I’ve finally found the Paris of my dreams! When Americans come to Paris, we dream of going to parties with people who have strong opinions about Sartre versus Bernard-Henri Lévy and are very familiar with the history of the cinema. We also dream of sitting around cafes discussing weighty stuff with people. I haven’t figured out how to get invited to any of those parties, but I found out how to do the cafe thing.
There’s this thing called a “café philo,” or Philosophical Cafe. These are public meetings to talk about philosophical matters, typically (as you might guess, although not always) in a cafe. The format can vary–sometimes there’s a pre-selected topic, and sometimes people suggest and vote on topics at the beginning of the meeting. The Cafés philo are actually a movement that started in Paris in the 1990s at the inspiration of the philosopher Marc Sautet. (The English Wikipedia page on Sautet relates that he briefly offered consulting services on philosophy to businessmen, at rates about equal to those of a psychoanalyst–the most French business idea that I’ve ever heard of.) The Cafés philo aim at a democratization of the practice of philosophy, and have spread all over France and elsewhere, notably South America.
Anyone can, and does, come to these things. Attendance at one that I went to this weekend included:
- An old guy in a tweed jacket and severe glasses
- A pale-faced, blonde Polish cardiologist (charming accent) wearing a stunning knee-length caracol winter coat
- A pompous guy in a black turtleneck
- A smoking-hot college student
- A young African guy
- A clearly crazy guy with a long gray beard wearing a peacoat like a cape, pants rolled up to his knees, and white knee-length stockings (he talked to himself through the whole thing)
Topics are wide-ranging. Here are some of the topics that were voted on at the beginning of one that I went to this weekend:
- Are existing and living the same thing?
- Why are you afraid to die?
- The end of carefreeness?
- Language is the house of my master (might have been language and the house of my master–no matter which it was, I couldn’t make any sense out of it)
We finally ended up with “is a life lived only for oneself worth living?” Opinions varied; the only thing I can recall hearing broad agreement about at one of these things is that utilitarianism is sucky–and “Anglo-Saxon.”
How I discovered the Cafés philo, and how you can find them for yourself: Meetup.com. This turns out to be a great way to deal with the isolation of being a foreigner in France, as you can connect with groups of people doing all sorts of things. Scroll through the list of things happening in Paris and you’re likely to find something of interest. Language-sharing groups abound, as do things for expats. I found a number of computer-science-related things, and…the Cafés philo, of which there are several in Paris, meeting at different times and places.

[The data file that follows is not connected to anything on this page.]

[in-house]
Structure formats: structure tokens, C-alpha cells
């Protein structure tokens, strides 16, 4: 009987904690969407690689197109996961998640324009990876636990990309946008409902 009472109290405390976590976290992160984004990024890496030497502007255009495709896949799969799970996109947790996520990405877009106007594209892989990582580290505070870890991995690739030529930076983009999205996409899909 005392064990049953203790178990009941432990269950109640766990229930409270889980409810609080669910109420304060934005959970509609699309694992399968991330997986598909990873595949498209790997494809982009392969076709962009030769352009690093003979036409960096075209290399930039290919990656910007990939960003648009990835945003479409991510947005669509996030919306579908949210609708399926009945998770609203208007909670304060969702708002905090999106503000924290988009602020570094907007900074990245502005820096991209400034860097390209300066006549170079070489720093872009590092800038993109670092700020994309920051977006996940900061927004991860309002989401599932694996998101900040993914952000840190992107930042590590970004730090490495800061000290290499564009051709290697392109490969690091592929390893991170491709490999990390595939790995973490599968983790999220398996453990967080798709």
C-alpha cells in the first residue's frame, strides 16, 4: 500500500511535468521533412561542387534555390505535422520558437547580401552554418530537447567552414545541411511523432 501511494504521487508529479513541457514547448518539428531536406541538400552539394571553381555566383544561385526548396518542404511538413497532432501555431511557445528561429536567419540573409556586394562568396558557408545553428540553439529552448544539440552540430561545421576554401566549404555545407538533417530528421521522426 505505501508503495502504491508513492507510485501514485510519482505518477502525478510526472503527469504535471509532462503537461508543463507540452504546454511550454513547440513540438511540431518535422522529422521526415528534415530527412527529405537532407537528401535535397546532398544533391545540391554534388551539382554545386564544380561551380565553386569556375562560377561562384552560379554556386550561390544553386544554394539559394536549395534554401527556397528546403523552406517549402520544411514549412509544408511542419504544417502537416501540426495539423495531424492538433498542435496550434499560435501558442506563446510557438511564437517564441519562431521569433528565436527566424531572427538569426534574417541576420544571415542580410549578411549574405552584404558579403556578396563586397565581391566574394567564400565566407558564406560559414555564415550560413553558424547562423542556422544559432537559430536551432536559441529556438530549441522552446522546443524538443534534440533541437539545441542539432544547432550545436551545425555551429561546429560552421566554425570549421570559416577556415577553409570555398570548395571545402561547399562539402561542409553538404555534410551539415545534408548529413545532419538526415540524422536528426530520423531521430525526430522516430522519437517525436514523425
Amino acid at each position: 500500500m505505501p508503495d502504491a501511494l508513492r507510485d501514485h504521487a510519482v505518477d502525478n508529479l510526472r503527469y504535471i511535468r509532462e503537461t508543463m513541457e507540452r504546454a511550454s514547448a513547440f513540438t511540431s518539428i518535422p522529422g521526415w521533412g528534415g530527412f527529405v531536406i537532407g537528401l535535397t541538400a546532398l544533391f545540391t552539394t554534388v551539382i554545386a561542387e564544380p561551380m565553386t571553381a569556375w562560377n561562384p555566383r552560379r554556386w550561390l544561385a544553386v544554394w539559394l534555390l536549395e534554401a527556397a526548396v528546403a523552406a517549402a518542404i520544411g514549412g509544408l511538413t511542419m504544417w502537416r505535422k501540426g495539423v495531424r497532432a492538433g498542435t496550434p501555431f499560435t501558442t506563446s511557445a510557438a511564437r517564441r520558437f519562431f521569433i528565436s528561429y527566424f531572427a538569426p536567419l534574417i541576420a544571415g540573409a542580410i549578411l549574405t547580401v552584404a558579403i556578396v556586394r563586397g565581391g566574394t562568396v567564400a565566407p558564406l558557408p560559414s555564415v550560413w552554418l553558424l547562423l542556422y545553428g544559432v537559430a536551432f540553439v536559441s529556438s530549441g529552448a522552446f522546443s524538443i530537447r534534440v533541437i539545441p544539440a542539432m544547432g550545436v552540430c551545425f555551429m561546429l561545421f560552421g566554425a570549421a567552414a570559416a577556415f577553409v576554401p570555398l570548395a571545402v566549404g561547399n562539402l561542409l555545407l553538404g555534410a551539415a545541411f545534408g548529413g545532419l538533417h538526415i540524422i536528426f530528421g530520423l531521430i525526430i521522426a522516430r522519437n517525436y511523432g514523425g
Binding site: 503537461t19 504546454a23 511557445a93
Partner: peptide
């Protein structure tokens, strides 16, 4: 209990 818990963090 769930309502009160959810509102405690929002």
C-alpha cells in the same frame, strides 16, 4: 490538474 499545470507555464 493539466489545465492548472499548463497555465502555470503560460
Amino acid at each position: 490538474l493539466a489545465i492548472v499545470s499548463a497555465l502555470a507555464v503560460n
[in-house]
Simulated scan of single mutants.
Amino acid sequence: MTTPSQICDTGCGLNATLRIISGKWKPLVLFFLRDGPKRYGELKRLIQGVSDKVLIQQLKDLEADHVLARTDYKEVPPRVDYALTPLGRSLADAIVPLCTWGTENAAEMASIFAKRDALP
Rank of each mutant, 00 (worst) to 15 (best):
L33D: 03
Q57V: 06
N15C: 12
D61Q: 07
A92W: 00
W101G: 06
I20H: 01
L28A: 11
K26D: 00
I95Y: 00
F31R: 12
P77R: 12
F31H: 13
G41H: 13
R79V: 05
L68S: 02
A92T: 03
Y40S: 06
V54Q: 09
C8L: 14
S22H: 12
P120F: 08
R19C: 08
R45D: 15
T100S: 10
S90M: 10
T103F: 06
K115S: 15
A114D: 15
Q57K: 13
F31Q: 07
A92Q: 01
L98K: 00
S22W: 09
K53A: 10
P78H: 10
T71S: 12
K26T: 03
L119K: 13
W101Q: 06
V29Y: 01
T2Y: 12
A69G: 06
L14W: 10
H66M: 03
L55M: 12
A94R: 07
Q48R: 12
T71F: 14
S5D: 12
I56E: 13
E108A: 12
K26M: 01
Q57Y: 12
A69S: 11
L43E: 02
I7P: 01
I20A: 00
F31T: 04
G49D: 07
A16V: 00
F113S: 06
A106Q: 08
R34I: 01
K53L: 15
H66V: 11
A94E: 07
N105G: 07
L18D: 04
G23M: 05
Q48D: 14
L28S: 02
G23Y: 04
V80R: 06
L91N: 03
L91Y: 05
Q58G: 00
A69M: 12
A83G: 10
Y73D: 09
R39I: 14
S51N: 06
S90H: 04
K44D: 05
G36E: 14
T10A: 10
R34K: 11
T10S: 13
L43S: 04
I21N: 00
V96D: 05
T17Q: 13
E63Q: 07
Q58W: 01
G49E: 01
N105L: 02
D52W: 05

The most surprising thing to me has been how fun these things are. My previous exposure to philosophy has mostly been pretty dry and pedantic–fussy, even. In contrast, the Cafés philo are animated affairs, with perhaps a young college student in the back waving his arms to be called on to share his thoughts on why obstacles are necessary to happiness, or a really pithy insight being followed by applause. I had a great time! As one of the speakers pointed out, the point is to live life–philosophy is just a way of learning how to do that. A variety of beverages were consumed, people laughed (at one point I think I heard the joke about the Jew stranded alone on a desert island with two synagogues, one of which he goes to on the Sabbath, and the other which he wouldn’t set foot in–many of the Jews I know love telling this joke–although I have trouble understanding the guy who was telling it because he’s missing some teeth, and I assume it was the joke mostly on the basis of keywords), and afterwards those who feel like it go out for lunch or dinner together.
People at these things tend to be thrilled to show off their English when they find out that you’re American, but these things basically take place entirely in French, unless you go to one that is specifically advertised as being in English (there’s at least one in Paris, but they’re in the minority, and I’ve never been to one, so I can’t tell you what the attendance is like). So, this experience is going to be most enjoyable for someone with a pretty good command of the language. (I understand maybe 80% of what’s going on, and unfortunately, the 20% that I miss always seems to be the most important part.) As you can imagine, Zipf’s Law strikes constantly in one of these things–I would have had trouble following a technical philosophy discussion even in my native language, and it’s far worse in a second language. Here are some words that I had to look up (translations from the Collins French-English dictionary, Kindle edition):
- le bonheur: happiness. “Happiness” was the main topic of conversation at the café philo that I went to Saturday night, with definitions ranging from the metaphorical to the purely ontological.
- la morosité: (sadness) morosity, gloominess; (of a person) sullenness; (of an economy or market) sluggishness. The person running one of the cafés philo that I went to this weekend commented on how odd it felt to be talking about happiness in the light of the morosité of recent weeks, since the attacks of 13/11. (First definition from WordReference.com.)
- l’insouciance (f.): (absence de soucis) carefreeness, carefree attitude; (irresponsabilité) carelessness.
- l’excitation (f.): excitement.
- l’enthousiasme (m.): enthusiasm.
- la méfiance: distrust.
- la désespoir: despair; hopelessness.
- demander la parole: to ask to speak (WordReference.com)
- prendre la parole: to take the floor, to speak (WordReference.com)